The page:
Communitarian Equality : To Each According to their Contribution to the Group Identity
International Social Science Journal
US : Blackwell Publishing
21 - 30 p.
Communitarianism, Equality, Identity Politics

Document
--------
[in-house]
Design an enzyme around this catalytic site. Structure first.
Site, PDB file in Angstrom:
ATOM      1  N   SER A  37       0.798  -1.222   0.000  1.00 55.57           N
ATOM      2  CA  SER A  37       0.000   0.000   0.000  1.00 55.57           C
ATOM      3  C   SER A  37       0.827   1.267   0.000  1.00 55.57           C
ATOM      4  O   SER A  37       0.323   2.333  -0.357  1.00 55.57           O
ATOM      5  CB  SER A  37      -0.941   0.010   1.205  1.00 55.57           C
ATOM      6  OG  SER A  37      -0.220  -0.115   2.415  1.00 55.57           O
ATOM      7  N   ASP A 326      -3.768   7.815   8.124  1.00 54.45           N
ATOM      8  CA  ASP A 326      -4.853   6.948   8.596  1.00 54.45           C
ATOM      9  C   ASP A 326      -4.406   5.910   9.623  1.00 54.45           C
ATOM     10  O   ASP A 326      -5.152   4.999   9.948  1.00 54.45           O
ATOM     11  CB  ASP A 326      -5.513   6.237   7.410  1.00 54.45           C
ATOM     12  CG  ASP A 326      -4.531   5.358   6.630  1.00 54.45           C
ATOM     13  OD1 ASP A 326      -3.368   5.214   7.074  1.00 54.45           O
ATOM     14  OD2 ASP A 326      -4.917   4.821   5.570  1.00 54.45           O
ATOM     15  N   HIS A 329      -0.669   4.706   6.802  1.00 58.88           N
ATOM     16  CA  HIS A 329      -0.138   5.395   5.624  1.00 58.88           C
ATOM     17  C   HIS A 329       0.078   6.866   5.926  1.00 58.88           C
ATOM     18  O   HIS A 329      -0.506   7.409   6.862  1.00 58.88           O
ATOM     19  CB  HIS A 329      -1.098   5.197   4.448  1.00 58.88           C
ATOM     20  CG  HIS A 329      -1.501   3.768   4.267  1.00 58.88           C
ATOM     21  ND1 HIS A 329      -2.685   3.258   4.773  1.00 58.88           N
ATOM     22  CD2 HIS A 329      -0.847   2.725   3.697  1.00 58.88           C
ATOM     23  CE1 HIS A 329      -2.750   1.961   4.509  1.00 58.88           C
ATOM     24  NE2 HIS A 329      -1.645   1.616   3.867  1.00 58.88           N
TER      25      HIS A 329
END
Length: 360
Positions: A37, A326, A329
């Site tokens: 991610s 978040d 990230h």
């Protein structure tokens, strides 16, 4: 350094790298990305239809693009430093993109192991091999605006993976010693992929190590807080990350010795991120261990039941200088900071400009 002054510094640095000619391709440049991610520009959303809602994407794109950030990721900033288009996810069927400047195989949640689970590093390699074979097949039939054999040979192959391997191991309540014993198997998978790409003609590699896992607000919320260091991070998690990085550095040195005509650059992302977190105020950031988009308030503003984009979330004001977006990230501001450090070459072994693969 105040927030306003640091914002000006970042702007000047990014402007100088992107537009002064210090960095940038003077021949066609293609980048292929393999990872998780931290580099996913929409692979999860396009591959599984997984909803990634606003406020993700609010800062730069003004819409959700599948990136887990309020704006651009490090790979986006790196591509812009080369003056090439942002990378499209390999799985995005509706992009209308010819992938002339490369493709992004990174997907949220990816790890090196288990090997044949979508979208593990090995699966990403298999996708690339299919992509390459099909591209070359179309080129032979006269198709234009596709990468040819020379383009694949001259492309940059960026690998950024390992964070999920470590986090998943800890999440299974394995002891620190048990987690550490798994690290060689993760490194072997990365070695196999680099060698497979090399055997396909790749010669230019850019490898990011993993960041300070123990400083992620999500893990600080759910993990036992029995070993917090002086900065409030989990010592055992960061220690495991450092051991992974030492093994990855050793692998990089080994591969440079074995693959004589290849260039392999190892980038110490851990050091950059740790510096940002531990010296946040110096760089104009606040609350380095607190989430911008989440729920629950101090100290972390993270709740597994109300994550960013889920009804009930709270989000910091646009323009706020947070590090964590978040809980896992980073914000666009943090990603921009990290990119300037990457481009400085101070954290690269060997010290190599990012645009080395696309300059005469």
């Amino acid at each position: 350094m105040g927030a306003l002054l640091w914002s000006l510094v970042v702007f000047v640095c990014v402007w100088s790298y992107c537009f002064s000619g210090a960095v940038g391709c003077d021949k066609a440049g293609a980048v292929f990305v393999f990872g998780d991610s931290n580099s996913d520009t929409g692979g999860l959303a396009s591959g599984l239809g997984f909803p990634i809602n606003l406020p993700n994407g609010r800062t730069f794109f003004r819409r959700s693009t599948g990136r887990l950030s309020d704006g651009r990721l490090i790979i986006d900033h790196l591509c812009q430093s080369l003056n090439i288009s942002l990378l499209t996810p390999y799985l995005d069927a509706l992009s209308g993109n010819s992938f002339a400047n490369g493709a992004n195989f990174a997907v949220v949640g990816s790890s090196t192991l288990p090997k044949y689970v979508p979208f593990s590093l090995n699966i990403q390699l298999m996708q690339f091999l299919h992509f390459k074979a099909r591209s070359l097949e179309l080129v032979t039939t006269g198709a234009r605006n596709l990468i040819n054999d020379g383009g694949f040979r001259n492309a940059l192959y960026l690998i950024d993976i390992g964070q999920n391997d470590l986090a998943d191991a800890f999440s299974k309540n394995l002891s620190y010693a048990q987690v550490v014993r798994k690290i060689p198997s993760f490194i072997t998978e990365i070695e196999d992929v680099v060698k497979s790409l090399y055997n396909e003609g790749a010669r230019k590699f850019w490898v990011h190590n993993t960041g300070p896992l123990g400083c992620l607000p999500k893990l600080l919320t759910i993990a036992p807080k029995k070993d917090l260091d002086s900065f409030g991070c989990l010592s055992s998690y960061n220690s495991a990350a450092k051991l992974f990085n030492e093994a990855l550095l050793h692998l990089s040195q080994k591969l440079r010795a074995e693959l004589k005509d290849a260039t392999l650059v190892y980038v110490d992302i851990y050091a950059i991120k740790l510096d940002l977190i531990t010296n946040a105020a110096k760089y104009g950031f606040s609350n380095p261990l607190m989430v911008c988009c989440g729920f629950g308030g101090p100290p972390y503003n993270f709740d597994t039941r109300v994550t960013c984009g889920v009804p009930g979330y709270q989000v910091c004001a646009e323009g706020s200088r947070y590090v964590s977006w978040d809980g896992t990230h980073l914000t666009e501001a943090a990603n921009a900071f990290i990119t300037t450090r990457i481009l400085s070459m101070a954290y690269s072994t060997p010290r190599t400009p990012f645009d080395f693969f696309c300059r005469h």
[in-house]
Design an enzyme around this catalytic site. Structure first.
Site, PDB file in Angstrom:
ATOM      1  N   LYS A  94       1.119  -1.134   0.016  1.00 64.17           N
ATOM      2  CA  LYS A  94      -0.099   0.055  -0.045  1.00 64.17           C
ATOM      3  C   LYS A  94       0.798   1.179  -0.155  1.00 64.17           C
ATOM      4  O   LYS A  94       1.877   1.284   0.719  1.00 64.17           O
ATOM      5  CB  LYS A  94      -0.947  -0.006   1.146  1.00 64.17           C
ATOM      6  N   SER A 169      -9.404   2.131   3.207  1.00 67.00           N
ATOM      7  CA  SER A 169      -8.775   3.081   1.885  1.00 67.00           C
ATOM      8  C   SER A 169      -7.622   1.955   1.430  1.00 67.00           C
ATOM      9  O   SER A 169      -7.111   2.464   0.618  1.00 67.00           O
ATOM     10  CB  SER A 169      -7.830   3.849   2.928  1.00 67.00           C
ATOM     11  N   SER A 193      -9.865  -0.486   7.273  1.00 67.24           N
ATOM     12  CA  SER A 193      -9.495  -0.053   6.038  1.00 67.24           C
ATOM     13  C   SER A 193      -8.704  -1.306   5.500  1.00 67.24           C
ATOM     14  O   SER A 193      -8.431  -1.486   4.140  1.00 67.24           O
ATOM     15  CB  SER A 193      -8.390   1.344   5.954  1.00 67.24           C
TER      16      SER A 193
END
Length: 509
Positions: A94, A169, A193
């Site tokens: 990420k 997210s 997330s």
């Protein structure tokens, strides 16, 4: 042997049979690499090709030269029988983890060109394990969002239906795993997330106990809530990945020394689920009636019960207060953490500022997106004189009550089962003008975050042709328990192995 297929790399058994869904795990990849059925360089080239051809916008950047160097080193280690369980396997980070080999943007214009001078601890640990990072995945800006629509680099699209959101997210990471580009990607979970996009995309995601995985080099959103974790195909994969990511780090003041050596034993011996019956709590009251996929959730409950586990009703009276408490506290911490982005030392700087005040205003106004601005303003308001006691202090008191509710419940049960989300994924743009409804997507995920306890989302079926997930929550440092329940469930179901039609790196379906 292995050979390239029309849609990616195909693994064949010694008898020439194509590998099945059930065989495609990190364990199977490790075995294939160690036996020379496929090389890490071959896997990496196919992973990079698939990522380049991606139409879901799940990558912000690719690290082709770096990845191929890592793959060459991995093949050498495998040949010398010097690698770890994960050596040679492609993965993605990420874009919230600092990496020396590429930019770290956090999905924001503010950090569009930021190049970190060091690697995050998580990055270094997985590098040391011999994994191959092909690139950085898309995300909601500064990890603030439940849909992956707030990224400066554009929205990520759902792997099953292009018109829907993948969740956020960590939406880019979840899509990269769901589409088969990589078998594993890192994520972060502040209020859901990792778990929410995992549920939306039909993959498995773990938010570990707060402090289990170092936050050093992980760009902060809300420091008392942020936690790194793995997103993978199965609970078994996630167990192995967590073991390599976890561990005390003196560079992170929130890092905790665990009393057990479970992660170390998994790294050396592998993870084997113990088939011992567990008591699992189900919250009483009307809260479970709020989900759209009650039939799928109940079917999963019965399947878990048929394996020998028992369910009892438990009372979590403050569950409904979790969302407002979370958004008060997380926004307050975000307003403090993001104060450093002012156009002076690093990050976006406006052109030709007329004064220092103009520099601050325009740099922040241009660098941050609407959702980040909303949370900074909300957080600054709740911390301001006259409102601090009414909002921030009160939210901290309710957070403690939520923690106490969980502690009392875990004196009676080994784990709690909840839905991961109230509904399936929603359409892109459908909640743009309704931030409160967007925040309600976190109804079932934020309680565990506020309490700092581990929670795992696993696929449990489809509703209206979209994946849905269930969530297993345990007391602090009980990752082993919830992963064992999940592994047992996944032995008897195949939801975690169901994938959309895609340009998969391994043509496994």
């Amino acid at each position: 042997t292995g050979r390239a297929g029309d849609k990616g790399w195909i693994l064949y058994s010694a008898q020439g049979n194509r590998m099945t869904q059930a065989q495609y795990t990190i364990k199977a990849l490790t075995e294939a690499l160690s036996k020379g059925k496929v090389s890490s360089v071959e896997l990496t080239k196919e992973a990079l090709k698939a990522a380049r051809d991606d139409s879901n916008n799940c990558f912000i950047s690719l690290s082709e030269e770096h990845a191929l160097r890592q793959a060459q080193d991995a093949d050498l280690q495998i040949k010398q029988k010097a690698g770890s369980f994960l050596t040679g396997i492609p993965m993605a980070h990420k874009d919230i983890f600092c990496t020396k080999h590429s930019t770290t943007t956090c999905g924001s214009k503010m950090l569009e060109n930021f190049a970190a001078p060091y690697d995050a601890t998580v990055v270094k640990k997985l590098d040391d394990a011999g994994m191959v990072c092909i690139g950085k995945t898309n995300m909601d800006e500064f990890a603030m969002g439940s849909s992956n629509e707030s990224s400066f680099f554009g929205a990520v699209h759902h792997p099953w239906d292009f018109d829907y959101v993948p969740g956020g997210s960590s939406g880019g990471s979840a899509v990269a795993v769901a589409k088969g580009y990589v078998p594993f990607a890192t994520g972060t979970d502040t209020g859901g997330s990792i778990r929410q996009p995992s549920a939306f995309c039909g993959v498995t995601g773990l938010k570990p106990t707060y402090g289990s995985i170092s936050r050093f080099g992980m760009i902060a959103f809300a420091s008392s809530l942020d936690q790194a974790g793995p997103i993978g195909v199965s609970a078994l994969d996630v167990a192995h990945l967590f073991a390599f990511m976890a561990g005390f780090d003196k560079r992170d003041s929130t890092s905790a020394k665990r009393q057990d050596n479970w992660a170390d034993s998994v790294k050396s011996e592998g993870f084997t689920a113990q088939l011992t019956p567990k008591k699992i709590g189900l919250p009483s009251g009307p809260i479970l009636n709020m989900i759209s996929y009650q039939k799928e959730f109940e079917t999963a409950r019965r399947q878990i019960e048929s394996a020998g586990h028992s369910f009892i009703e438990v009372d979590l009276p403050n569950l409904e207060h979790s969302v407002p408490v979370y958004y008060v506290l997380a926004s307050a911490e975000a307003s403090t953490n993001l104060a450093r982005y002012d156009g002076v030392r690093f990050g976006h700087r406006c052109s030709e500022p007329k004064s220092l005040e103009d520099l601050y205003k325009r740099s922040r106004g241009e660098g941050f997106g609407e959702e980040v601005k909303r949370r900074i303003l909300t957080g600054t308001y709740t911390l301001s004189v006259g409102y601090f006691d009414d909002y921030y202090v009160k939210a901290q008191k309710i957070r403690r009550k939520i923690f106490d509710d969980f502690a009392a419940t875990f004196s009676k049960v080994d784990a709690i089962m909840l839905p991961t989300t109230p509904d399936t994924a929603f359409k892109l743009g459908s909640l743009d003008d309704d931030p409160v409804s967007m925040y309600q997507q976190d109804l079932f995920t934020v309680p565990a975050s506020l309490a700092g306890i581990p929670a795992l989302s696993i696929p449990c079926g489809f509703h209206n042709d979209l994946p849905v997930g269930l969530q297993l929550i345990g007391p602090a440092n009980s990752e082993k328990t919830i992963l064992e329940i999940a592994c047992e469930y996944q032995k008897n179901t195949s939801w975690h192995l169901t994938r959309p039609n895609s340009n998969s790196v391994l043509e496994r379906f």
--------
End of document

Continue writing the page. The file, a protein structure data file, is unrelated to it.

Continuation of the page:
Rooted in a contemporary political reality marked by anxieties over identity within culturally dominant groups, this study seeks to interrogate what happens to equality, a principle of justice generally placed at the forefront in liberal democracies, when it becomes subordinate to the preservation of the majority identity. Communitarian conceptions of equality and justice are examined through analysis of the critiques of political liberalism – and notably the writings of John Rawls – advanced by Alasdair MacIntyre, Michael Sandel and Charles Taylor in the 1980s and 90s. This article shows how the “constitutive” role these writers attribute to the sense of community belonging, their emphasis on “indebtedness” to the community, and the value they give to “desert”, tend to subordinate equality to an enterprise of “identity securing” by national majorities. The article highlights problems and dilemmas concerning the respect for fundamental rights and pluralism, which can be generated by an adherence to communitarian equality in the move from theory to practice.